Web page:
Ain’t Love Grand?

Be honest -- did YOU save the best valentine in the package for that special someone who made your hear skip a beat?

Be honest — did YOU save the best valentine in the package for that special someone who made your heart skip a beat?

Once again I’ve been shirking my blogging responsibilities, this time due to a massive migraine, which has left me bed-ridden and quite dizzy.  However, before my aching head sent me into a tailspin, the work week provided enough material for at least one good story.  It seems that ever since Valentines’ Day, even grade school children are not safe from Cupid’s arrow.  My third graders are particularly lovesick, but they haven’t quite figured out the economics of romance.  One boy seems to have cornered the market on the infatuations of female classmates.  Nearly a dozen little girls have set their designs on this one little boy!  He is nice enough: well dressed, good manners, athletic, and a scholar.  It would seem that he is the epitome of third grade boyhood, and because the girls have put him on a pedestal, they won’t even look at another boy, no matter how virtuous or adorable.

A couple of days ago during recess, I was approached by one of the lovesick admirers, who smooshed her face against my coat and began sobbing uncontrollably about how “someone” didn’t want to be her friend and it wasn’t fair because he was “friends” with “other people” but not her.  Oh the humanity!

“Is this about a boy?” I asked gently.

“Ye–e–e–e–s!” she wailed. “It’s not fair! I just want to be his frie–end!  But he said that he doesn’t want to be friends!  And he’s the nicest boy in third grade, so why wouldn’t he want to be friends with me? And pretty soon I’m moo–ooving!”

“Well if he doesn’t want to be your friend then he is missing out, and maybe he isn’t as nice as you think.  I say it’s his loss.” I tried to reassure her.  Most likely the poor boy was tired of all the girls stalking him and shooting eye daggers at each other, and he had told the more clingy ones that he couldn’t be “friends” to avoid any confusion of exactly what kind of friendship was happening.  I decided to prescribe my trademark pragmatic advice.

“You’ve heard of Facebook, right?” I asked as I smoothed her hair off of her tear stained cheeks.

“Uh–h–h–h–uh.” she stammered, still squashed up against me.  I felt like crying a little myself.  It was only the beginning of the week, and already a broken heart and snot on my new coat.

“Well, when I was in third grade I just absolutely loved a boy who I thought was so cool.  He was cute, and smart, and just the best at everything.  But he never liked me back, and I was sad, just like you are right now.”  I smiled at her.  “Then I grew up and forgot about him.  And a few weeks ago, I saw a picture of him on Facebook, and he is all grown up just like me.  And you know what?”

“Wha–what?” she sniffled.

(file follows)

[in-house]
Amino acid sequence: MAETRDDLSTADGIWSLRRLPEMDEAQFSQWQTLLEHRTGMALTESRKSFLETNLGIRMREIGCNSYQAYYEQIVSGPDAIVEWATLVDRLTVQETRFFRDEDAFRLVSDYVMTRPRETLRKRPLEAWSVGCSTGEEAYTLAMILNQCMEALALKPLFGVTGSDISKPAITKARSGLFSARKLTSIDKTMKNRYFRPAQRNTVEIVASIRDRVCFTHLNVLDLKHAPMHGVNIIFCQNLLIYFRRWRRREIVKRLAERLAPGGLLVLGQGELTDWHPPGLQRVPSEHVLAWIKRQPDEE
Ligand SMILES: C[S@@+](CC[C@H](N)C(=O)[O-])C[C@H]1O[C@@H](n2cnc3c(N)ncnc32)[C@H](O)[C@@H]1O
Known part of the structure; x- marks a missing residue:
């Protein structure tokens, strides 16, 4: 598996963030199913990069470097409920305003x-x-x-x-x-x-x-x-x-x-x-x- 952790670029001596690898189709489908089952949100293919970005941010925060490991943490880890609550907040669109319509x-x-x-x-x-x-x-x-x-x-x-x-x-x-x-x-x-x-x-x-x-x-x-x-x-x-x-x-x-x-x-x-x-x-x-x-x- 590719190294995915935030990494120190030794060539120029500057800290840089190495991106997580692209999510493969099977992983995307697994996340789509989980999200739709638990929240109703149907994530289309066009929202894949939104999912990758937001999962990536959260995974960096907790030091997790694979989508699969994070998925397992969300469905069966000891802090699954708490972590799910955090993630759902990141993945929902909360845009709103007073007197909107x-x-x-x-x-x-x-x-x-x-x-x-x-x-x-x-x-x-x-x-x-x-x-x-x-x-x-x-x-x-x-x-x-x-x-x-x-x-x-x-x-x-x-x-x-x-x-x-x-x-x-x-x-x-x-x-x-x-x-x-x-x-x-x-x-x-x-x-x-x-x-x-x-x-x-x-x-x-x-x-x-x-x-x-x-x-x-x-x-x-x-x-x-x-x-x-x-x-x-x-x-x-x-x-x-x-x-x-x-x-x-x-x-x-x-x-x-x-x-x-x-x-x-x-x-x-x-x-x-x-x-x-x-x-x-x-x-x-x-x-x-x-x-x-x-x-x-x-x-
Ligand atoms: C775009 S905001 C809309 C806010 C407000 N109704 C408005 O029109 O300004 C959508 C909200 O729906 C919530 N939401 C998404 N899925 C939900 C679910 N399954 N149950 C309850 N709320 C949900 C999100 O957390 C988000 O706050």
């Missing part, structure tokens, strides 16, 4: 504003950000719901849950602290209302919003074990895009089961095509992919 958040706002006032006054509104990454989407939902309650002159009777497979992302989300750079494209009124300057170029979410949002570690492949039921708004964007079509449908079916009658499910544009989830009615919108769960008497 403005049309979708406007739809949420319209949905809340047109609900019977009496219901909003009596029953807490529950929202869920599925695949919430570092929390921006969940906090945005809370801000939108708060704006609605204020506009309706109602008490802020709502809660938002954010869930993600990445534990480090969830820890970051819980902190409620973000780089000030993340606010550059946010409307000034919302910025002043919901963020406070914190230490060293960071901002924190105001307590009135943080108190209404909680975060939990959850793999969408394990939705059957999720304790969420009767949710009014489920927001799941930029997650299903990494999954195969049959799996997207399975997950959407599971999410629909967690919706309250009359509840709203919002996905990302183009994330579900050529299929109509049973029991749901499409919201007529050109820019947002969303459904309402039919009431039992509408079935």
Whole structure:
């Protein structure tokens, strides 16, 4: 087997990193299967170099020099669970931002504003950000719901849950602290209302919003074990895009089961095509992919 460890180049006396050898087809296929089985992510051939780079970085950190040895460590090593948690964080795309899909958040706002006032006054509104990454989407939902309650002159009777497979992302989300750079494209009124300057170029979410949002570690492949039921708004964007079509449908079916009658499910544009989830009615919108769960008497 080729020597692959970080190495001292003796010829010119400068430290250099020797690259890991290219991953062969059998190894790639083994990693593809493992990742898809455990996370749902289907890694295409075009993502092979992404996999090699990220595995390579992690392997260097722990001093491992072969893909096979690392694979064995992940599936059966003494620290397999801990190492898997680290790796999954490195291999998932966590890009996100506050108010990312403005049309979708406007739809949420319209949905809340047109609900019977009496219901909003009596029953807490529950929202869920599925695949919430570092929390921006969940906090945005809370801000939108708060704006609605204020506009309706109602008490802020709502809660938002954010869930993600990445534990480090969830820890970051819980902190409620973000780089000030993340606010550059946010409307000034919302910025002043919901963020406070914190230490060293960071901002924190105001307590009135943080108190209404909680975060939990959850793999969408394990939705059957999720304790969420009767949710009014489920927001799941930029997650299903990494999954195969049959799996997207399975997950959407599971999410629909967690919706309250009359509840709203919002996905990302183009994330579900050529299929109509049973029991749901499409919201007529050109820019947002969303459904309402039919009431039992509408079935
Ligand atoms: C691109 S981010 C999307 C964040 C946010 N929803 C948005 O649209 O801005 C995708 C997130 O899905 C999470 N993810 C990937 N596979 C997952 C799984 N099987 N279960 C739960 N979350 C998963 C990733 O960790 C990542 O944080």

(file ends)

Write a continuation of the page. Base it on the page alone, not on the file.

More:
“He’s terrible!”  I exclaimed.  “He’s bald, and has a big belly, and he has horrid taste in clothing.  He hasn’t gone anywhere fun in his whole life like I have.  And he doesn’t look at all as cute as he did in third grade.  Besides, I met and married a much nicer boy.  He’s my best friend.  We go everywhere together, and he is much more fun to hang out with.  Does any of this help?”  I looked at her expectantly.

“No,” she said emphatically, without even thinking about it.

“Really?”

“No,” and she started crying harder.

“Oh, come on now, don’t do that!  I know that it’s hard to trust what I’m saying because we can’t see the future.  In fact, forget what I said about the bald ugly guy on Facebook.  Just remember this.  I promise that the you ten years from now is going to be so awesome, and twenty years from now — even better!  And your life will be amazing.  I can’t guarantee that you won’t ever have rough days, but I do know that your life will be great.”

Somehow she stopped crying in time for the recess whistle, and walked ahead of me to get into her line.  As I was strolling toward the school, another student approached, a small sweet girl who also harbors a crush on our tiny Romeo.  She looked me straight in the eye and said in a dead serious tone, “There is no one else.  He is the only one,” and then she walked away.  Very helpful.  When I saw my love-struck student in the lunch room a few minutes later, she was talking and laughing with classmates.  She looked happy and at ease.  Good.  Maybe my advice didn’t hit the target, but as long as my kiddos have friends to turn to for support, they will survive their heartaches in the years to come.

And I am SO glad I didn’t marry the boy I had a crush on in third grade!

— G

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2 thoughts on “Ain’t Love Grand?

  1. missL

    This is so so adorable. I remember being that third-grader, too, and I was inconsolable. So either you hit the jackpot and said something that really struck a chord, or… she remembered that she’s just a kid. One or the other, they’re never inconsolable for long. 🙂

    Reply
    1. Georgeann Post author

      Yeah, I think she just decided to suck it up because the whistle blew and she didn’t want to go inside with tears running down her face. I could tell by the way she looked at me that nothing I said had helped. Oh well. Thanks for visiting and commenting!

      Reply

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